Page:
manner as the substance of the bread was before consecration;
whether the substance of the bread was present in greater or less
quantity is a matter of entire indifference." (Catechism of the
Council of Trent)
"If any one denieth that in
the venerable sacrament of the Eucharist the whole Christ is
contained under each species, and under every part of each
species, when separated; let him be anathema." (Council of Trent)
for the Distribution of Holy Communion'
by the priest to each communicant: "Corpus Domini nostri Jesu
Christi custodiat animam tuam in vitam aeternam. Amen."
(English: "May the Body of Our Lord Jesus Christ preserve your
soul unto life everlasting. Amen.")
by the priest or the 'lay
minister' to each communicant: "The
body of Christ" (or "The blood of Christ"). Note:
It is common to see neither "body" or "blood"
be capitalized in the 'missalette'.
"Another very significant
change that also made clear that no prayer in the Mass was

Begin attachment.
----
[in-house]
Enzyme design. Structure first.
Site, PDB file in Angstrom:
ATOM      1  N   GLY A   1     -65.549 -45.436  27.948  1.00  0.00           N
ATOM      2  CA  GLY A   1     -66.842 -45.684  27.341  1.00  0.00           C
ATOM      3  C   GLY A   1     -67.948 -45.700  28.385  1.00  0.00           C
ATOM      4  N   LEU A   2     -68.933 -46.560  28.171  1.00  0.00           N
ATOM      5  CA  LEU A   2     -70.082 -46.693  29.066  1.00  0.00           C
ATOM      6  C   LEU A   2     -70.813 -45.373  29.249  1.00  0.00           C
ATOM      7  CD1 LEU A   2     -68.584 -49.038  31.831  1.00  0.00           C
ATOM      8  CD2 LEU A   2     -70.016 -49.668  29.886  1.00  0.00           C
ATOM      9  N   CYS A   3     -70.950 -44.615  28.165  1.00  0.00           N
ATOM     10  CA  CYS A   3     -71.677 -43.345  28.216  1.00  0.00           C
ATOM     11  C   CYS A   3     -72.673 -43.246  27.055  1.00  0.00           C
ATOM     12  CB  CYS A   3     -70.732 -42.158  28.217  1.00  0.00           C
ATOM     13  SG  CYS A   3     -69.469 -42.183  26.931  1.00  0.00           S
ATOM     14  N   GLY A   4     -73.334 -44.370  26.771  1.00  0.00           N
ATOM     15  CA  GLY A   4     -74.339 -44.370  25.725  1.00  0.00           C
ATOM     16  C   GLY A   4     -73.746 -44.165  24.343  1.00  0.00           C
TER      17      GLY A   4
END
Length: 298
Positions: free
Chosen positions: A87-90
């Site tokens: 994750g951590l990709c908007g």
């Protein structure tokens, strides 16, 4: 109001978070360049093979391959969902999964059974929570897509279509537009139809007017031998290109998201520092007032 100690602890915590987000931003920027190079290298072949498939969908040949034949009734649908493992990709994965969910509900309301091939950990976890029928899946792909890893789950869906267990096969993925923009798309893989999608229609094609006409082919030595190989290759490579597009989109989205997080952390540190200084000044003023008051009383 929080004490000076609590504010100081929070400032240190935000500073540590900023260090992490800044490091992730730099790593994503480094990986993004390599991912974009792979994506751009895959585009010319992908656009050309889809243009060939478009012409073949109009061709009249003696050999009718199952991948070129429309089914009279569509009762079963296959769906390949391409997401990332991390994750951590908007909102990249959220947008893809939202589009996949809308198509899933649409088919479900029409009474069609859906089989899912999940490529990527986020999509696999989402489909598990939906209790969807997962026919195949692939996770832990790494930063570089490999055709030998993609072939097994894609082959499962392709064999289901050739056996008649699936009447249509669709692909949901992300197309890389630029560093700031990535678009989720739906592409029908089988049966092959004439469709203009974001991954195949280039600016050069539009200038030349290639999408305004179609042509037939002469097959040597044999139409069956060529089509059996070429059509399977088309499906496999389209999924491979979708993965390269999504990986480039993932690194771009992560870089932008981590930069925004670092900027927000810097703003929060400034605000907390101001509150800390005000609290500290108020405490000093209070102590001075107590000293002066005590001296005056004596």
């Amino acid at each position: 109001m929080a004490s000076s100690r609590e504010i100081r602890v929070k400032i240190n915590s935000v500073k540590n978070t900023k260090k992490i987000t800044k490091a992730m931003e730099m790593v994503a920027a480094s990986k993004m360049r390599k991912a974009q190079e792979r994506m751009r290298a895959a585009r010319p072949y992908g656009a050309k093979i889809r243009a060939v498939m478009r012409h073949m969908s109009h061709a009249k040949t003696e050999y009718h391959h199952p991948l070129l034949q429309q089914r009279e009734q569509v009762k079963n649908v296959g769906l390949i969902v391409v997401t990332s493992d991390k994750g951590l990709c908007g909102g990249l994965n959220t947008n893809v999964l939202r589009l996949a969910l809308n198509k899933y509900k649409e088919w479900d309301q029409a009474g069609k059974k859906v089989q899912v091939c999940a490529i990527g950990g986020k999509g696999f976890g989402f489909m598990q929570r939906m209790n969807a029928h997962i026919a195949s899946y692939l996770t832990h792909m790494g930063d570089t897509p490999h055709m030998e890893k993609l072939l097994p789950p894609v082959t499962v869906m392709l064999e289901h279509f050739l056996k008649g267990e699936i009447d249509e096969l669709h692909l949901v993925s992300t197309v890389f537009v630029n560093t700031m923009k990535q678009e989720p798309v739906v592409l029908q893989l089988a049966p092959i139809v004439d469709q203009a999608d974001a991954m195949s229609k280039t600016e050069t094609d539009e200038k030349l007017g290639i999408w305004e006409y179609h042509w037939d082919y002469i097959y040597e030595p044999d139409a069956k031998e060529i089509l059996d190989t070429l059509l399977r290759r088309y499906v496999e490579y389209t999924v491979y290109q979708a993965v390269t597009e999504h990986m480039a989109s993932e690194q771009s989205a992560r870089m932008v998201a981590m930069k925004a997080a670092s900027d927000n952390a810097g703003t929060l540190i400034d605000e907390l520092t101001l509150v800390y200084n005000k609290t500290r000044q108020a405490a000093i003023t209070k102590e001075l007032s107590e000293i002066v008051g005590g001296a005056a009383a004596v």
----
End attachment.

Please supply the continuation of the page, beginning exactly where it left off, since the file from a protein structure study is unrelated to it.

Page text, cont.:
sacrosanct was made at the very moment of receiving Holy
Communion. The traditional practice had been for the priest to
make the Sign of the Cross with the Host over the ciborium before
each communicant, and then to place this Host upon his tongue with
the words: 'Corpus Domini nostri Jesu Christi custodiat animam
tuam in vitam aeternam. Amen.' In the 1965 Rite the Sign of the
Cross is abolished; the priest says simply: 'Corpus Christi' and
the communicant responds 'Amen.' There is, of course, nothing
unorthodox in this formula. It is found in the De Sacramentis of
St. Ambrose (d. 397). Its significance, as with the omission of
Psalm 42, is that it made it clear to the communicant that if this
sacred ritual, which he had known and revered since the day of his
First Holy Communion, could be callously suppressed, then nothing
in the Mass was sacrosanct. This point was reinforced by the
revisers with very shrewd psychological perception by radically
curtailing the conclusion of the Mass, omitting the Last Gospel
and the Prayers for the Conversion of Russia. Thus at the
beginning of Mass, at the moment of Holy Communion, and at the